DALLAS (Reuters) - Over the past year, the number of countries on an Organization for Economic Cooperation and Development “gray list” of tax havens that have not fully implemented internationally agreed upon tax standards has dropped to 17 from more than 40.
The OECD hails this as progress in a campaign to stamp out untaxed and illicit cash flows across the world, but critics say that the compliance bar was set far too low.
The stakes are certainly high, as the signing of bilateral Tax Information Exchange Agreements (TIEA) is the centerpiece of OECD and G20 efforts to crack down on tax havens.
The amount of money in tax havens has been estimated at $11.5 trillion by the Tax Justice Network, a respected and independent advocacy group that monitors such trends.
Spurred by public outrage over bonus-earning bankers and frauds by wealthy financiers, G20 leaders launched a campaign in April 2009 to name and shame tax havens and penalize those who failed to tighten standards and transparency.
But some say the havens are getting off lightly, and that it is more or less business as usual.
For starters, they say the number of TIEAs a country needs to sign to get off the “gray list” list is far too low at 12. In addition, the countries tax havens sign with may have little money moving offshore.
Take the example of the Bahamas, a balmy Atlantic archipelago and international financial center that is home to more than 250 licensed bank and trust companies.
It moved off the OECD “gray list” in March after signing 18 TIEAs, surpassing the 12 required bilateral agreements. These included TIEAs with the “Nordic Seven,” which include Sweden and Norway, but also Greenland and the Faroes Islands.
“Among the ‘Nordic Seven’ are Greenland and the Faroes Islands. Not many people there will have bank accounts in the Bahamas, compared to Latin American countries that are really suffering from capital flight,” said David Spencer, an attorney in New York who has written extensively on international taxes.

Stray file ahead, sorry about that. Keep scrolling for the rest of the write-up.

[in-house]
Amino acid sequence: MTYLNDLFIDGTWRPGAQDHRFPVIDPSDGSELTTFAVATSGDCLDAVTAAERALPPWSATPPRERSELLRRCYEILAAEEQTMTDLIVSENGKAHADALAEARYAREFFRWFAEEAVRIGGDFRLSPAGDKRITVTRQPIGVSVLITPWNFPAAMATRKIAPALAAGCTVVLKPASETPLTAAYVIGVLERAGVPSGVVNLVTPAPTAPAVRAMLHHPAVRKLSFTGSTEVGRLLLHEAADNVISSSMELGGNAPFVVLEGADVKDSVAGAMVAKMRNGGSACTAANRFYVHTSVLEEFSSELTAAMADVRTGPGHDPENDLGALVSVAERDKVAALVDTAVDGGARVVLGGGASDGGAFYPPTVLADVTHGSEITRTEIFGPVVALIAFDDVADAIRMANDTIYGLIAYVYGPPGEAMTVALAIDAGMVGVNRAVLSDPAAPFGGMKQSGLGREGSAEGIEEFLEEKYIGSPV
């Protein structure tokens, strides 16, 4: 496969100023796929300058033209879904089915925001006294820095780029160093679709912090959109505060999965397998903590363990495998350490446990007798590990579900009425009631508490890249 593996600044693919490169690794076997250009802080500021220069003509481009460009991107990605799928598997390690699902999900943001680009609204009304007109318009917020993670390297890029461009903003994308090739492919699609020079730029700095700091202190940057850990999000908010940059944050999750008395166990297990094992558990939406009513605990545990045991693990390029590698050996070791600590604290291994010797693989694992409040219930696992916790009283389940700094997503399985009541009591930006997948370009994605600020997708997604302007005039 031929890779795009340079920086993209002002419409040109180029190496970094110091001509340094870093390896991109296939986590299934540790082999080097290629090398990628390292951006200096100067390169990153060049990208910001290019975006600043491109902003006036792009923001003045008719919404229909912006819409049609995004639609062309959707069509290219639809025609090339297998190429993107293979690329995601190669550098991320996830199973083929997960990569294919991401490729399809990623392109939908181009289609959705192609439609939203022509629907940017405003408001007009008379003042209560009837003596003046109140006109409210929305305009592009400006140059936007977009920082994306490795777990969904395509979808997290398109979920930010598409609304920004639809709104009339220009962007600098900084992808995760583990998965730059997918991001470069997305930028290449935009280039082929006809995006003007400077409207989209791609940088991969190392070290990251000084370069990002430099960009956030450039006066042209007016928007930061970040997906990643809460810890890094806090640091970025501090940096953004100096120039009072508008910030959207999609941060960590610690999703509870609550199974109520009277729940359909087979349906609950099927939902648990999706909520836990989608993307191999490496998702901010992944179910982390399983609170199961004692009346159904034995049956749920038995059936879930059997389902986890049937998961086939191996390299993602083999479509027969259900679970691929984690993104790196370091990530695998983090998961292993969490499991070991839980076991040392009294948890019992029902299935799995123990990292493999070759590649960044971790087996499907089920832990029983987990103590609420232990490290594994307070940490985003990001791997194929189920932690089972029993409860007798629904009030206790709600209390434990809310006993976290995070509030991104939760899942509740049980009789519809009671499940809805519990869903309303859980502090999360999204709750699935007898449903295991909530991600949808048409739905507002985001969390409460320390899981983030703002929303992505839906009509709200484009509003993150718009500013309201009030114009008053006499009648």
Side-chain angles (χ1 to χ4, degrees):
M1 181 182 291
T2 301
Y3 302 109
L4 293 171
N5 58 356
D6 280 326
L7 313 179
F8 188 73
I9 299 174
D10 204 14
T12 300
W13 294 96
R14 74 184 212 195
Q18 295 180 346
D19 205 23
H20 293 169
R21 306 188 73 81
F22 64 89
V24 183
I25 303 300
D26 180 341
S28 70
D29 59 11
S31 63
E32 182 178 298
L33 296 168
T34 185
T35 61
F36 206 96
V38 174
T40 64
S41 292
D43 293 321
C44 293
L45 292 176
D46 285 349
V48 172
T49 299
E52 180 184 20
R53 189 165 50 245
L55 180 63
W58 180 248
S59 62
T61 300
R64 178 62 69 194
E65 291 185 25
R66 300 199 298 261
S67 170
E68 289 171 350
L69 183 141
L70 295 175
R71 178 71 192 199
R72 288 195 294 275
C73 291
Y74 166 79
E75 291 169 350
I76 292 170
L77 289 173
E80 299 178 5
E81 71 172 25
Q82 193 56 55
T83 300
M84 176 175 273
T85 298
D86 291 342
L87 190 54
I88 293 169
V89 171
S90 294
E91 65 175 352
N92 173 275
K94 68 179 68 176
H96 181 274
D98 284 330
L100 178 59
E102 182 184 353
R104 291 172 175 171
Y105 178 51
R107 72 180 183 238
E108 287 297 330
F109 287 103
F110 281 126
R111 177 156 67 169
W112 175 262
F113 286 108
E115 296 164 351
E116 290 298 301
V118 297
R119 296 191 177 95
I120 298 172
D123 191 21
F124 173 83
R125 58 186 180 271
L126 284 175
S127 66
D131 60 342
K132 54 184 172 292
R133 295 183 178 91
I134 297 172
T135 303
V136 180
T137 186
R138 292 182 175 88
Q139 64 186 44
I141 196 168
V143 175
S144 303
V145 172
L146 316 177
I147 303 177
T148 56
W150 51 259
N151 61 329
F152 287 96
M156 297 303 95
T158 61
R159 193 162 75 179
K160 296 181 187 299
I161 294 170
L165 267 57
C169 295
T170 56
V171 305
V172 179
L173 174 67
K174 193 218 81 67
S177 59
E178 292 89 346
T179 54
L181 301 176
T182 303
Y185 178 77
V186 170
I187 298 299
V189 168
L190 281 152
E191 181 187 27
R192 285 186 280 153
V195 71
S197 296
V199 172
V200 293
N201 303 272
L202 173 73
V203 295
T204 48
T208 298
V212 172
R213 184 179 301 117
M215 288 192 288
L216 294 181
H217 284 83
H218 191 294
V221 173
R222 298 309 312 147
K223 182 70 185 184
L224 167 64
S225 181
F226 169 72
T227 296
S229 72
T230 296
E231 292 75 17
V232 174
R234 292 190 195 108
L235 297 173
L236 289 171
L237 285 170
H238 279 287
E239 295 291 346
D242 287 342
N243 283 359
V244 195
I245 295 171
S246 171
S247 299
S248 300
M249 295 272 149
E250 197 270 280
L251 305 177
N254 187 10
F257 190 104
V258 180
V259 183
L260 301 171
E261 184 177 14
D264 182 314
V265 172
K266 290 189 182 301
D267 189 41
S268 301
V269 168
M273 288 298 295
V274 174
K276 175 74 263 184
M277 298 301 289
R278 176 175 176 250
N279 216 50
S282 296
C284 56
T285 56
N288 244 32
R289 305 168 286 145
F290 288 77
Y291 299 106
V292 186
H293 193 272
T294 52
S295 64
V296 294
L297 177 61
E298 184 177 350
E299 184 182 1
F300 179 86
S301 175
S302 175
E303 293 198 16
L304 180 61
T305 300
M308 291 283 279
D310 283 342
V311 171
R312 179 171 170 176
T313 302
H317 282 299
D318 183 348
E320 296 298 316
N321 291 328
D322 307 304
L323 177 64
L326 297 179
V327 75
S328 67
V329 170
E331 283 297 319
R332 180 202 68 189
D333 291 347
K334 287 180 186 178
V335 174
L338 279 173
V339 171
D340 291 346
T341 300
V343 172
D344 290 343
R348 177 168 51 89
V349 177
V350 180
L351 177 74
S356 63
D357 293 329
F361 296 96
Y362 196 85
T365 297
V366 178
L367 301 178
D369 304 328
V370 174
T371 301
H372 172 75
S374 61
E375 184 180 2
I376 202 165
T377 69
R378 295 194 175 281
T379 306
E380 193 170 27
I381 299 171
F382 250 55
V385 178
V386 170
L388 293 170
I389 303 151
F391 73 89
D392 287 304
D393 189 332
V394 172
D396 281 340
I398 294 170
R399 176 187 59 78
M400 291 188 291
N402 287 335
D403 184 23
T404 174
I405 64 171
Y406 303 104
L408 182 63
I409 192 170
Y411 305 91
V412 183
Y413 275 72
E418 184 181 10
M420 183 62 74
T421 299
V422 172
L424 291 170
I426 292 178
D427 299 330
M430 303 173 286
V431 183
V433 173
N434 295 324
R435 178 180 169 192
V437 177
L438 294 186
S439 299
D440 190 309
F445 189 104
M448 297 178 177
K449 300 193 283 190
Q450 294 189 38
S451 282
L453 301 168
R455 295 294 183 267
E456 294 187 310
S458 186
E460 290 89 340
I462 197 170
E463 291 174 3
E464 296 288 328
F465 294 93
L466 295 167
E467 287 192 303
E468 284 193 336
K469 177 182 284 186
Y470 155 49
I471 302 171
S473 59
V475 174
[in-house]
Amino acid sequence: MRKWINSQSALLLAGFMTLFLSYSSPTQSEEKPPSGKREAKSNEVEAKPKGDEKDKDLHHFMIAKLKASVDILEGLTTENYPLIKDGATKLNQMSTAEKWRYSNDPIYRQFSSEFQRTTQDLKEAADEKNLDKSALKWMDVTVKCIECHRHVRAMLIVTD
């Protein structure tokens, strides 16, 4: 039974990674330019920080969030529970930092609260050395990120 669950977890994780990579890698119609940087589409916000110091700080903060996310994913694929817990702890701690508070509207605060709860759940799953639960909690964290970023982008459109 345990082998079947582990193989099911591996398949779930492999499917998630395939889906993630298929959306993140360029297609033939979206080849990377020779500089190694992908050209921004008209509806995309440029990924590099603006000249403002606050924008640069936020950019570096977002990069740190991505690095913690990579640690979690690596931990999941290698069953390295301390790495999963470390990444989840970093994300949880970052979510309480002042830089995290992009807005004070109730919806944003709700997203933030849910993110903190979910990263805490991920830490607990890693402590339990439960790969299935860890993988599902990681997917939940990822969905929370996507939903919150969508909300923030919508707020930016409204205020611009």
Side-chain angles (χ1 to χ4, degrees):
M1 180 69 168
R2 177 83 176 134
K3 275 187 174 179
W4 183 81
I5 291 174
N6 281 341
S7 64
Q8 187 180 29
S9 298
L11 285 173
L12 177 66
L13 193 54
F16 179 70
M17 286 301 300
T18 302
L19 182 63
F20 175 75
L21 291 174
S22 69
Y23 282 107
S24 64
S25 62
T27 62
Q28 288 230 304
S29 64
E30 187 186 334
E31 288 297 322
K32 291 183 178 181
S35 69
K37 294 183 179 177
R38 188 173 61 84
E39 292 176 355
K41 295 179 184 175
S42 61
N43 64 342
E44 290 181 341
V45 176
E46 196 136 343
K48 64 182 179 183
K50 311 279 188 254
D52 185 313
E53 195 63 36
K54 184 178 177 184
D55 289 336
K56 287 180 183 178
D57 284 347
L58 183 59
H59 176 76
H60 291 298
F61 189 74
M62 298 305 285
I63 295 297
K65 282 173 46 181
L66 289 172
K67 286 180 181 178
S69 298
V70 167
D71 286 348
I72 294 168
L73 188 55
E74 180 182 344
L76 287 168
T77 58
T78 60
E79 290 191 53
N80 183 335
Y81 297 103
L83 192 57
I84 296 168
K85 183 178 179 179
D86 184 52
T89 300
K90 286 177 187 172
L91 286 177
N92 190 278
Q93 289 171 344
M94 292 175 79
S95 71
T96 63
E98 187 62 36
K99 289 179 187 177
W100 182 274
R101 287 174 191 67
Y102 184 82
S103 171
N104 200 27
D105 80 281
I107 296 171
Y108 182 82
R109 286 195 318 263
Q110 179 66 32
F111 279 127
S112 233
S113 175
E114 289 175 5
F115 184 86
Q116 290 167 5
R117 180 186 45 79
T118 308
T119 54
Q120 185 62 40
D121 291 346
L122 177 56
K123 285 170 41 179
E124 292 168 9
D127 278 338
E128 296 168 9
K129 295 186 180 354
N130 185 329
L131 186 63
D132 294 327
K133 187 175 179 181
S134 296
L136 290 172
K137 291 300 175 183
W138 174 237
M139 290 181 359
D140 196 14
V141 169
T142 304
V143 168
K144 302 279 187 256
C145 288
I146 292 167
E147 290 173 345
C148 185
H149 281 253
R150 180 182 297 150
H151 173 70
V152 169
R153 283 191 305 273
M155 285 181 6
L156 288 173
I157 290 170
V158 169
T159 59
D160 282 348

The 18 agreements signed by the Bahamas included few countries suffering from excessive capital flight. Brazil is not included, nor any single African state.
And inking TIEAs with the “Nordic Seven,” who typically sign onto such agreements collectively, allows a country to get more than half way toward their 12 in one fell swoop.
Nudging countries to move from this list has been touted as an important development in bringing much-needed financial transparency to the opaque world of tax havens and capital flight from poor countries.
The OECD refers to the process and categories as a “progress report” and contends that the process has to start somewhere.
“We needed to start with something objective, if you have no agreement you have not started the process,” said Pascal Saint-Amans, head of the Global Forum Secretariat at the OECD.
Critics concede that some progress has been made.
“This does represent a movement in the right direction. Once you start the ball rolling, the OECD could raise it to 40 agreements. These countries have agreed to waive bank secrecy in tax matters in at least some cases,” Spencer said.
“Developments in international tax law move slowly.”
Some activists say this is intentional, arguing that financial interests in the developed world benefit from capital flows from less developed regions.
“To be blunt, countries like the United Kingdom, USA and Luxemburg, are very heavily reliant upon inflows of capital from the South such as Latin America or Africa. By and large, we turn a blind eye to the origins of that capital,” said John Christensen, London-based director of the Tax Justice Network.
“The majority of the tax havens in the Caribbean act as conduits for capital, they are rungs on the ladder for illicit financial flows from South to North,” he said.
And this role had been etched into their historical DNA.
“If you look at the history of the development of tax havens you will find that over half of them were linked to what was the British Empire and then during the period of decolonization, successive British governments actively encouraged them to become tax havens because they would act as conduits for capital flows toward London,” Christensen said.
Funds traced to one man accused of being a Ponzi schemer, Texas billionaire Allen Stanford, who is awaiting trial for allegedly operating a $7 billion fraud from his offshore bank in Antigua, have been found in the Britain, Switzerland and Canada.
The TIEAs also provide a framework for exchanging information upon request, which is not the same as an automatic exchange of information. For one thing, the requesting government — say, Greenland — would need to know about the foreign bank account in the first place.
“The problem is that you have to know what you are looking for before you ask for it. ‘On request’ is not the international standard, though the OECD claims that it is,” said Nicholas Shaxson, a Swiss-based researcher.
The OECD says that not long ago, governments did not even have this power at their disposal.
“This is a criticism we are accustomed to ... We agree that automatic exchange is more efficient. But it now allows tax administrations to make these requests where before they were deprived of any means (of doing so),” said Saint-Amans.
Several Caribbean leaders have condemned the OECD tax standards as “discriminatory,” arguing that some financial centers in the United States and Europe are also less than transparent, but have not been subjected to the same scrutiny as many of the Caribbean territories that have been singled out.
Editing by Pascal Fletcher and Bernard Orr